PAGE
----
More than 810,000 veterans live in Ohio. Including family members, over 2,000,000 Ohioans are part of veteran families – including more than 140,000 children.
There seems to be an innate drive in veterans to serve our nation and be part of something bigger than themselves.
They feel proud of their service, but sometimes the road home is dark and difficult. 130,000 Ohio veterans live in poverty; 140,000 have difficulty feeding their families. 120,000 struggle with service-related mental health issues.
Military Veterans Resource Center is an Ohio 501(c)(3) nonprofit that for nearly 20 years has helped struggling veterans regain their self-reli-ance and independence.
Each year, we serve over 3,500 Ohio veterans by providing assistance with employment, shelter and transportation. We provide thousands of meals to hungry veterans and their families, deliver school supplies to the children of veterans and offer free, confidential mental health counseling services.
The Road Home is dedicated to increasing awareness of the sacrifices men and women make in service to America, and the struggles many face when they come home.
Sergeant First Class (Ret.) Michael Schlitz, who is our guest speaker, enlisted in the Army in March 1996 and served as a rifleman and Platoon Sergeant. While in Baghdad, Iraq on February 27, 2007, Schlitz and his crew were on a road clearing mission when their vehicle was struck by an improvised ex-plosive device (IED). His gunman, medic and driver were killed. Schlitz was ejected from the vehicle. He lost both hands and his eyesight in his left eye and sustained burns on 85 percent of his body.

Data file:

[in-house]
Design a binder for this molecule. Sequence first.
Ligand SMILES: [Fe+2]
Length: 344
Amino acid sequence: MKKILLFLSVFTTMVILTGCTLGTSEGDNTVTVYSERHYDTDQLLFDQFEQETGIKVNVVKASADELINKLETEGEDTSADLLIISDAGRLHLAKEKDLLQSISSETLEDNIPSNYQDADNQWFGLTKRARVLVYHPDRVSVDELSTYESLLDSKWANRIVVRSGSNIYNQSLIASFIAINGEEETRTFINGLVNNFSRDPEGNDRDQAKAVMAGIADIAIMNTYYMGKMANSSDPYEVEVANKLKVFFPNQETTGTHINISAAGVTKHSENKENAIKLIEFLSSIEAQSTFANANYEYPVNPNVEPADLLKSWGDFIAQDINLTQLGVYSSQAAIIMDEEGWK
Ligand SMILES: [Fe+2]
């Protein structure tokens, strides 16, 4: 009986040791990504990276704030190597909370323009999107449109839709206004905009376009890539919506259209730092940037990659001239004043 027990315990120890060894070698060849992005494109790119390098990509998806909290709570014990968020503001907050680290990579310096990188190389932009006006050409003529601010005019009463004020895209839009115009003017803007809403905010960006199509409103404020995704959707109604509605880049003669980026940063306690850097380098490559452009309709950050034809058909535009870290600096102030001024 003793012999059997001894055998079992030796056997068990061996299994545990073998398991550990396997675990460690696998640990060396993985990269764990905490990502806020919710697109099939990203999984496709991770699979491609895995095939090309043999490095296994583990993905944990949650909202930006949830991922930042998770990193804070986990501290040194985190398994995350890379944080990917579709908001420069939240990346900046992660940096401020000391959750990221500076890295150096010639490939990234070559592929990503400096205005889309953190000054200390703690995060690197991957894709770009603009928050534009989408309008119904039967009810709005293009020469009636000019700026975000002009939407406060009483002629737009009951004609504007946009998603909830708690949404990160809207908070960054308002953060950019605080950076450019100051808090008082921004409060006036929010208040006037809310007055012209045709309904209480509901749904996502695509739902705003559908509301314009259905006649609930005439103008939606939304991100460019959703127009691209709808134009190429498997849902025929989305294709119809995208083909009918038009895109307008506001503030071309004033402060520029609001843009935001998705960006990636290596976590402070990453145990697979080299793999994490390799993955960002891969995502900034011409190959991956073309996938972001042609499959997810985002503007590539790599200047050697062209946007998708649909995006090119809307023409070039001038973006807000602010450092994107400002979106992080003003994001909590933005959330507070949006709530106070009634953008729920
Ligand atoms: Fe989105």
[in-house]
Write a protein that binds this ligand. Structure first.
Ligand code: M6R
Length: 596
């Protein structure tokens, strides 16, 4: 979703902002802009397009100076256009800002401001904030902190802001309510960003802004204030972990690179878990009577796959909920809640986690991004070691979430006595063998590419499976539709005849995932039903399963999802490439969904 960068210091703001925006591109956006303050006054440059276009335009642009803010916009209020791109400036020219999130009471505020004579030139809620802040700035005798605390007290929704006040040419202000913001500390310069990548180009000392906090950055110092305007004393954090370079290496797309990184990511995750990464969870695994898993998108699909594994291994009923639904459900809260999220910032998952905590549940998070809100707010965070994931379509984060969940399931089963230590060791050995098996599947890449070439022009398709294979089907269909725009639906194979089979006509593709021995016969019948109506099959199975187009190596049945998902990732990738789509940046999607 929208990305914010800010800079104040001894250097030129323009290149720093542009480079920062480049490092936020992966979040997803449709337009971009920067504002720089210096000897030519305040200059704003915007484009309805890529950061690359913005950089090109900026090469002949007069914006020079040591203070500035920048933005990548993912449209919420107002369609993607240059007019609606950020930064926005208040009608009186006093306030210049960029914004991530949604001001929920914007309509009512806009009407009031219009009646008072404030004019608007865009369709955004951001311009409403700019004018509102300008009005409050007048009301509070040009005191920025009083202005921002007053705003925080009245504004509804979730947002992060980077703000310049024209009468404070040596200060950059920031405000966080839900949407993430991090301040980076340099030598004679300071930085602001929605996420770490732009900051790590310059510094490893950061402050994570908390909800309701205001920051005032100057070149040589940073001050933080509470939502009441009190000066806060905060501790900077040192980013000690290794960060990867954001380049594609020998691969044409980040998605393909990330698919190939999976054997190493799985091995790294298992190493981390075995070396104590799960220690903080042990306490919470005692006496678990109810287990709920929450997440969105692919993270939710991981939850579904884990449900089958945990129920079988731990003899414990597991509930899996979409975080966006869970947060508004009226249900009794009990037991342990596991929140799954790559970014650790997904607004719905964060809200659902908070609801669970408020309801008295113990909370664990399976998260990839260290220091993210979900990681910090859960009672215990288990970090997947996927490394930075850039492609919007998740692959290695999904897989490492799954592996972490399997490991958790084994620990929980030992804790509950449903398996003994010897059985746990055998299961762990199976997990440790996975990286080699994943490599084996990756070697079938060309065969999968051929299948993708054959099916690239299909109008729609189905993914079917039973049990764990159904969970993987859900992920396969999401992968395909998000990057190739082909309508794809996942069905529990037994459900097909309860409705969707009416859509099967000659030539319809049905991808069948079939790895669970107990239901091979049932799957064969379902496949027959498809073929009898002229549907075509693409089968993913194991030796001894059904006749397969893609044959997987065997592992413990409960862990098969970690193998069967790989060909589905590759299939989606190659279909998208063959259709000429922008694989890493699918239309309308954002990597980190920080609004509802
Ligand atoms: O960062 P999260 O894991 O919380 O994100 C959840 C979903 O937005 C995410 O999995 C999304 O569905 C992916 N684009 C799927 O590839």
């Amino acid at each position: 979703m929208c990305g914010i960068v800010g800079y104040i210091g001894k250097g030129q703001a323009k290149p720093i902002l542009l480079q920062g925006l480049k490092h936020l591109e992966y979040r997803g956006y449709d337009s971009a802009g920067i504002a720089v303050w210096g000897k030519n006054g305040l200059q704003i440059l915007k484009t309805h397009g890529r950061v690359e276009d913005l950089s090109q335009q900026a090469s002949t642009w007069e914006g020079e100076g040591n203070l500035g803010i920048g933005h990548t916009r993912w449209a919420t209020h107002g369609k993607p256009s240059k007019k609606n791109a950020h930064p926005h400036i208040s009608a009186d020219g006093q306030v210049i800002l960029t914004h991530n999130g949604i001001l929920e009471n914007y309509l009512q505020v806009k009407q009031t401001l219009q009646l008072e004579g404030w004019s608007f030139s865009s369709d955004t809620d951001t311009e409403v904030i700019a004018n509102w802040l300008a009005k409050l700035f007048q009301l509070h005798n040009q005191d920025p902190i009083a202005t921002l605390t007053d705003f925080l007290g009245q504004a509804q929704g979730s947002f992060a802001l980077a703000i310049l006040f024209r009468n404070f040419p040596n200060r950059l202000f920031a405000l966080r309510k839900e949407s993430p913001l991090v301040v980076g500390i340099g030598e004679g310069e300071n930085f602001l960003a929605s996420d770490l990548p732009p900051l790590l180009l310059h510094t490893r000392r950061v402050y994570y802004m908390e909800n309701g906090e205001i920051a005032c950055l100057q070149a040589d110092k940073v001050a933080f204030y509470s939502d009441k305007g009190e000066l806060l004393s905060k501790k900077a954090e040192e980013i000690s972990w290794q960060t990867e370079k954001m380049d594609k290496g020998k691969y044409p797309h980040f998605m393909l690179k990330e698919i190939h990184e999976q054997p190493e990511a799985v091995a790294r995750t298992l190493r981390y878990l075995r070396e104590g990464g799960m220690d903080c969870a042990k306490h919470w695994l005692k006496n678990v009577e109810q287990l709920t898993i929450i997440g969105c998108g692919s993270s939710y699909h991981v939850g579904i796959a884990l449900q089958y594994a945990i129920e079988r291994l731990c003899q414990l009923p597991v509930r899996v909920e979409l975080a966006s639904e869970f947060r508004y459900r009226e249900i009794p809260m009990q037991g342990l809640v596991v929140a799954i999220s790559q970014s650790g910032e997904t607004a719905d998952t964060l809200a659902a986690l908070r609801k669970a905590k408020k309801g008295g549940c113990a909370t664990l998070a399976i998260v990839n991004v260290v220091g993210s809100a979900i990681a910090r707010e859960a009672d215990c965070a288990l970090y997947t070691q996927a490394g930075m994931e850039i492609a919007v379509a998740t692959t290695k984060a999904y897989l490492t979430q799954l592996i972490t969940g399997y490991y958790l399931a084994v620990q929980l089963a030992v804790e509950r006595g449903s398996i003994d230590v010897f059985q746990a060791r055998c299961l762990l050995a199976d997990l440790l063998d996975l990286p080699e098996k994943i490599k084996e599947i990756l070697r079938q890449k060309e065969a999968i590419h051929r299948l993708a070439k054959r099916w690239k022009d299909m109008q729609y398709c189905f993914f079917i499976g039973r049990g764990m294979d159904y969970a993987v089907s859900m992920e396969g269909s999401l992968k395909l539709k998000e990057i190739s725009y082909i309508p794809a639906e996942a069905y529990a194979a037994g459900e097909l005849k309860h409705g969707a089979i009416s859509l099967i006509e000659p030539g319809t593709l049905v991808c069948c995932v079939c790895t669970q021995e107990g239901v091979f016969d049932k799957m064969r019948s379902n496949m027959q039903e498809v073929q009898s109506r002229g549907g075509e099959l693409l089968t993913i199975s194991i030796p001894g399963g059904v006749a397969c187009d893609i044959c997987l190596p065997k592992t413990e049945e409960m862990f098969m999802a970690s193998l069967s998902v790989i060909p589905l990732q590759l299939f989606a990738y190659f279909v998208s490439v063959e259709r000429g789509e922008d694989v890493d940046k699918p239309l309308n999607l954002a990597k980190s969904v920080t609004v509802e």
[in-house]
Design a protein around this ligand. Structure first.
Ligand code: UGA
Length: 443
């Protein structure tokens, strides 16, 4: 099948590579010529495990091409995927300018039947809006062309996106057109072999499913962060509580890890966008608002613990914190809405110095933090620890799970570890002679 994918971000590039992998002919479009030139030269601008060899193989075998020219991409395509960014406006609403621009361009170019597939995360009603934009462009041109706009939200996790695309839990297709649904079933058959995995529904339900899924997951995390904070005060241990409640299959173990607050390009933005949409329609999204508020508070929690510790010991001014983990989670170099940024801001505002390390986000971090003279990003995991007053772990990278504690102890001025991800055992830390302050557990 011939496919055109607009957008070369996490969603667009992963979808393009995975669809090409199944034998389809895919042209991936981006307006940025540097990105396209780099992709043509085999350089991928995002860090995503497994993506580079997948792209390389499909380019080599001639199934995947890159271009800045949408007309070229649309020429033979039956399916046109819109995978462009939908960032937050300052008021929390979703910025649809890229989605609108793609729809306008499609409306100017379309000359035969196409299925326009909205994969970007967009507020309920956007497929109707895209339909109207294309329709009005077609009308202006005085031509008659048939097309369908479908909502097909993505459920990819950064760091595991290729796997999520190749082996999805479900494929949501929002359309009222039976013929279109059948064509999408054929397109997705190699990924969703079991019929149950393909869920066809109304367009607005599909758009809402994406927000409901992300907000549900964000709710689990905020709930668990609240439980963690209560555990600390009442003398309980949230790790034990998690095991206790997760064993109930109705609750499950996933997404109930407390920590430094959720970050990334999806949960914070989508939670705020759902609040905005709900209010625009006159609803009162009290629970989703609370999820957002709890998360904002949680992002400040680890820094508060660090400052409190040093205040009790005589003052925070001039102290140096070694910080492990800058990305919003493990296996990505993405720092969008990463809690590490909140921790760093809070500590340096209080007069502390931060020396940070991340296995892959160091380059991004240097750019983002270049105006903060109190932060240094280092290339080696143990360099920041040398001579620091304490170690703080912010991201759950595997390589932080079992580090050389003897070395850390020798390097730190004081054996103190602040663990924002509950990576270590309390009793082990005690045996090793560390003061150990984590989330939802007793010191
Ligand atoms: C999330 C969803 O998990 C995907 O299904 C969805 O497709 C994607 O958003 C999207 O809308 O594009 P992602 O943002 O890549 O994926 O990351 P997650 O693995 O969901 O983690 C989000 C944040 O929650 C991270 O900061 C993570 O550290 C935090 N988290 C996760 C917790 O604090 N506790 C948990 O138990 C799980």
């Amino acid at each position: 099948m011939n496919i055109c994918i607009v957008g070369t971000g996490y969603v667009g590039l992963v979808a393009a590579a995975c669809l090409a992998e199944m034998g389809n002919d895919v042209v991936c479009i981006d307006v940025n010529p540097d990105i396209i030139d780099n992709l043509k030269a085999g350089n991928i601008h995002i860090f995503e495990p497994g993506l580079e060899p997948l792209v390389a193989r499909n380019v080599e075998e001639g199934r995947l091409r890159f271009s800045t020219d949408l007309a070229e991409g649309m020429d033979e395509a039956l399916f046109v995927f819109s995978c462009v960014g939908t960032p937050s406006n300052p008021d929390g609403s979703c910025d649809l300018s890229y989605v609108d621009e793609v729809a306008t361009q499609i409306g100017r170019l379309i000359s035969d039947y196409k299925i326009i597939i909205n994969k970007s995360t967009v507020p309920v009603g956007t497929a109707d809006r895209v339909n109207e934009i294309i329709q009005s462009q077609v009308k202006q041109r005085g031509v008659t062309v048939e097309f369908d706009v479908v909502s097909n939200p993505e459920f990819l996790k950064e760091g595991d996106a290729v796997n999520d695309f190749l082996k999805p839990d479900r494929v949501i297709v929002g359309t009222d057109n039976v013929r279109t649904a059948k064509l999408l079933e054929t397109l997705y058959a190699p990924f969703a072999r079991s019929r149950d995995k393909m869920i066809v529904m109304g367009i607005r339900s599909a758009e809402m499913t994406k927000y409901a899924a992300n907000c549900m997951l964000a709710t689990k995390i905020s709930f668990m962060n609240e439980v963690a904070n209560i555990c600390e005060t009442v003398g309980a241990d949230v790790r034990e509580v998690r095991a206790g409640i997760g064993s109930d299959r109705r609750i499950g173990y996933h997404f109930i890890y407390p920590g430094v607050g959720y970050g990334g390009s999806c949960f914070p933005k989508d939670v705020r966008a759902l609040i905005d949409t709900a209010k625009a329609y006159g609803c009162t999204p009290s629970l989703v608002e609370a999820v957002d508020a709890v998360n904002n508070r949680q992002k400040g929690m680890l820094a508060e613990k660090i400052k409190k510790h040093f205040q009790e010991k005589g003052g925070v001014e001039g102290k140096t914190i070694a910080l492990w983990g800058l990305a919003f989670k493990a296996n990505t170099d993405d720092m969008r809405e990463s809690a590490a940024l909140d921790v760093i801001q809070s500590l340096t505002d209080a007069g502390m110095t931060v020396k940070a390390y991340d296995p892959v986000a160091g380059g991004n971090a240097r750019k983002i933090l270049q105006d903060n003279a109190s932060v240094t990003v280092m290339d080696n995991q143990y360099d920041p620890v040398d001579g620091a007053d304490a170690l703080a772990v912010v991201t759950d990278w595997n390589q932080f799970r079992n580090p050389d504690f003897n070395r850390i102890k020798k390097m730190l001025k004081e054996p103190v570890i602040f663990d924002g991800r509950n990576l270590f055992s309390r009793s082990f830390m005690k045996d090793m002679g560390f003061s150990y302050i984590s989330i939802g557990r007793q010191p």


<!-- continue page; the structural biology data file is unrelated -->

Schlitz now travels the country speaking on behalf of injured veterans.
“I’m happier now than I’ve ever been,” he said. “Before I was injured, my life was about me, and now I get to make my life simply about others. Don’t feel sad or apologize for what happened to me. This experience made me stronger. If there’s one thing to take away, it’s this: The American service member’s spirit cannot and will not be broken,” he added.
His mother, Robbi, has become Schlitz’s full time caregiver and is a constant source of motivation. They currently live in Columbus, Ga., in a specially adapted smart home.